Domains: Assassination, Destruction, Autumn
    Nyssor

    (included as the Iosans count him as Vanished; this is the Iosan depiction of Nyssor)

    “Scyir of Winter, Grand Crafter and also known as the Frozen Sage”

    Last was the god of winter, ice, and snow. Nyssor kept himself distant from his brothers and sisters, and rarely attended the court. He was said to be a craftsman without equal, and much of the construction of Lyoss and its palace were done by his hands. He was quiet, but his eyes betrayed knowledge of much that was left unsaid.
    Last edited by Wanderingalleycat; 10-21-2013 at 02:01 AM.
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  8. #88
    Destroyer of Worlds Brother Zed's Avatar
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    There are two elven gods alive atm Cat, you forgot about Nyssor in his block of ice.

  9. #89

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    Quote Originally Posted by Brother Zed View Post
    There are two elven gods alive atm Cat, you forgot about Nyssor in his block of ice.
    Members of the Vanished may or may not be dead; but they are definitely missing. At the time that was written, and in the timeframe that the IKRPG takes place in, Nyssor is still considered to be part of the Vanished because he has not returned to Ios. In fact, Alleycat made a note of that in parentheses under Nyssor's header. I imagine Iosans will stop considering him to be a member of the Vanished as of Colossals, but that is in the future as far as the IKRPG is concerned.

  10. #90

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    Wrong Thread
    Gandarbelagen "Clunky" Gobber Man-at-Arms/Explorer IWChttps://docs.google.com/document
    Marigrenadatol "Mari" Gobber Military Officer/Guttersnipe S.T.A.R. Co Corvis House https://docs.google.com/document
    Selekatantona "Healy" Doctor A Bold New World https://docs.google.com/document

  11. #91
    Destroyer of Worlds Wanderingalleycat's Avatar
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    Actually Seacat made that notation. This was a copy and paste from the original post he made.
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  12. #92
    Destroyer of Worlds Lanz's Avatar
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    http://privateerpressforums.com/show...=1#post2783934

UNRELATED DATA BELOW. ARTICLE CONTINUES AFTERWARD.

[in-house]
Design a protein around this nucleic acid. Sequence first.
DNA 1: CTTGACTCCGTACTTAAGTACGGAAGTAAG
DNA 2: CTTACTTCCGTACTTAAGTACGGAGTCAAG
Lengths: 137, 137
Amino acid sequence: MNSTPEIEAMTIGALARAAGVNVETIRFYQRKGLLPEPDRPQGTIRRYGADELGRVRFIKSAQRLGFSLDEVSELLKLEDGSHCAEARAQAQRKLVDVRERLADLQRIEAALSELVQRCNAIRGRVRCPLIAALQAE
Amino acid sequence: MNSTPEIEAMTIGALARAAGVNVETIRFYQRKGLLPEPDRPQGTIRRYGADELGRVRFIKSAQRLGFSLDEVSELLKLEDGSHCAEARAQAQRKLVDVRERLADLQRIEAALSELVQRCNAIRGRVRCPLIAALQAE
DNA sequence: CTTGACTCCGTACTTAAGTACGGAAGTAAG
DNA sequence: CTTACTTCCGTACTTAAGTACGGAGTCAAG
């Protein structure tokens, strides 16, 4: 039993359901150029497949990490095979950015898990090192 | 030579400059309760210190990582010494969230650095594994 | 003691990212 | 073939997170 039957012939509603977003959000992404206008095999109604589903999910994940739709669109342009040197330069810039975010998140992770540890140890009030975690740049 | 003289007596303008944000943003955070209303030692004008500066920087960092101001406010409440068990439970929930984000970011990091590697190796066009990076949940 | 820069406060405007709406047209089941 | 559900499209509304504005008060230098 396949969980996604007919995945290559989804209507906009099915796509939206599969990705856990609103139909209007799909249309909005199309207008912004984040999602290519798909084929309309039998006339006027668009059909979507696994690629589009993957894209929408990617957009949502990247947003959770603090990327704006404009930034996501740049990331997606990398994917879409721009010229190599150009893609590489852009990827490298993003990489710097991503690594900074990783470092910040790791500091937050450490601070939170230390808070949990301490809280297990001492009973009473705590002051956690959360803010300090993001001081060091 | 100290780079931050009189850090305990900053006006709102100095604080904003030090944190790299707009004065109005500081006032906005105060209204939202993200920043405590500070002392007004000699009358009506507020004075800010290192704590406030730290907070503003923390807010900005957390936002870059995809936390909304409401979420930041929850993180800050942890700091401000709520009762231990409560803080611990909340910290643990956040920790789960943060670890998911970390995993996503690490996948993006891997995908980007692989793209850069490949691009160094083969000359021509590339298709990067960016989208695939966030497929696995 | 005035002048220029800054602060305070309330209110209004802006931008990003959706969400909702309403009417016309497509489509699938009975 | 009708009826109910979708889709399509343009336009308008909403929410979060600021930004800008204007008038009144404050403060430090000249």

Doug just posted a very interesting and thorough explanation on magic, particularly regarding sorcery. I think it's worth adding to this collection.
    "If at first you don't succeed, label it version 1.0."


  13. #93
    Conqueror ozvelpoon's Avatar
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    Another Seacat sighting, this time on gender parity within various organisations in the Iron Kingdoms.

    http://privateerpressforums.com/show...=1#post3047423
    Last edited by ozvelpoon; 03-17-2015 at 01:32 PM.

  14. #94

  15. #95
    Sir Haemophilus Borne, Knight of Cygnar, Militant Order of the Arcane Tempest, Cygnar Reconnaissance Service
    Captain Nicolas Hawke, Owner and Commander of Hawke's Company, Corvis (Military Officer/Pistoleer)
    Lieutenant Arden Ravenstone, Officer of The Phoenix Company, Corvis (Gun Mage/Spy)

  16. #96
    Sir Haemophilus Borne, Knight of Cygnar, Militant Order of the Arcane Tempest, Cygnar Reconnaissance Service
    Captain Nicolas Hawke, Owner and Commander of Hawke's Company, Corvis (Military Officer/Pistoleer)
    Lieutenant Arden Ravenstone, Officer of The Phoenix Company, Corvis (Gun Mage/Spy)

  17. #97

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    Doug Seacat on Serricsteel in IKRPG (as opposed to IKd20)
    Sir Haemophilus Borne, Knight of Cygnar, Militant Order of the Arcane Tempest, Cygnar Reconnaissance Service
    Captain Nicolas Hawke, Owner and Commander of Hawke's Company, Corvis (Military Officer/Pistoleer)
    Lieutenant Arden Ravenstone, Officer of The Phoenix Company, Corvis (Gun Mage/Spy)

  18. #98
    Sir Haemophilus Borne, Knight of Cygnar, Militant Order of the Arcane Tempest, Cygnar Reconnaissance Service
    Captain Nicolas Hawke, Owner and Commander of Hawke's Company, Corvis (Military Officer/Pistoleer)
    Lieutenant Arden Ravenstone, Officer of The Phoenix Company, Corvis (Gun Mage/Spy)

  19. #99

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    Doug Seacat on Necromancy.
    Quote Originally Posted by PPS_Dougseacat View Post